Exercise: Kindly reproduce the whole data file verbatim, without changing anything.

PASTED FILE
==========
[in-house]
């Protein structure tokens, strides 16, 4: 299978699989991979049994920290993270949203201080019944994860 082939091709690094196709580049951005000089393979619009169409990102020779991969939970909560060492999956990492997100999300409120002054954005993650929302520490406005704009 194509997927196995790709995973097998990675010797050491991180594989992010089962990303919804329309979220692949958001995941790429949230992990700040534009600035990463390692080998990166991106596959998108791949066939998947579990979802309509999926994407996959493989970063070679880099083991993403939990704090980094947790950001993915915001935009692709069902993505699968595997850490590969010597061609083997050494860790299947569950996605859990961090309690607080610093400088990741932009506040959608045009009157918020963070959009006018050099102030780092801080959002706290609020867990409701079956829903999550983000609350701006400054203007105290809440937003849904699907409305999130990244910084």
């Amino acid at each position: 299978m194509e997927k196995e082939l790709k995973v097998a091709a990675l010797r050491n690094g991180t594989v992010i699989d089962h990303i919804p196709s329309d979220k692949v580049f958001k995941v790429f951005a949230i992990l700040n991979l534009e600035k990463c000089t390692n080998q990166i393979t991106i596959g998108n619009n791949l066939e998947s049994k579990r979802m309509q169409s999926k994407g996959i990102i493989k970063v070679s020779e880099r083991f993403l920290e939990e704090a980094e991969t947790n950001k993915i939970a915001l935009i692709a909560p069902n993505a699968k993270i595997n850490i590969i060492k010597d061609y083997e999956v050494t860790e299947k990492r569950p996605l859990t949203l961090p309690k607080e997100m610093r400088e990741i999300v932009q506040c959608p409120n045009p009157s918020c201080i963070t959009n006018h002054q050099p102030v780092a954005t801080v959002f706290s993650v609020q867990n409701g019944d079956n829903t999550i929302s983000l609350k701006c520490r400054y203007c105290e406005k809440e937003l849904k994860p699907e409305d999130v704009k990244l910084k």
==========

[in-house]
């Protein structure tokens, strides 16, 4: 299978699989991979049994920290993270949203201080019944994860 082939091709690094196709580049951005000089393979619009169409990102020779991969939970909560060492999956990492997100999300409120002054954005993650929302520490406005704009 194509997927196995790709995973097998990675010797050491991180594989992010089962990303919804329309979220692949958001995941790429949230992990700040534009600035990463390692080998990166991106596959998108791949066939998947579990979802309509999926994407996959493989970063070679880099083991993403939990704090980094947790950001993915915001935009692709069902993505699968595997850490590969010597061609083997050494860790299947569950996605859990961090309690607080610093400088990741932009506040959608045009009157918020963070959009006018050099102030780092801080959002706290609020867990409701079956829903999550983000609350701006400054203007105290809440937003849904699907409305999130990244910084």
């Amino acid at each position: 299978m194509e997927k196995e082939l790709k995973v097998a091709a990675l010797r050491n690094g991180t594989v992010i699989d089962h990303i919804p196709s329309d979220k692949v580049f958001k995941v790429f951005a949230i992990l700040n991979l534009e600035k990463c000089t390692n080998q990166i393979t991106i596959g998108n619009n791949l066939e998947s049994k579990r979802m309509q169409s999926k994407g996959i990102i493989k970063v070679s020779e880099r083991f993403l920290e939990e704090a980094e991969t947790n950001k993915i939970a915001l935009i692709a909560p069902n993505a699968k993270i595997n850490i590969i060492k010597d061609y083997e999956v050494t860790e299947k990492r569950p996605l859990t949203l961090p309690k607080e997100m610093r400088e990741i999300v932009q506040c959608p409120n045009p009157s918020c201080i963070t959009n006018h002054q050099p102030v780092a954005t801080v959002f706290s993650v609020q867990n409701g019944d079956n829903t999550i929302s983000l609350k701006c520490r400054y203007c105290e406005k809440e937003l849904k994860p699907e409305d999130v704009k990244l910084k």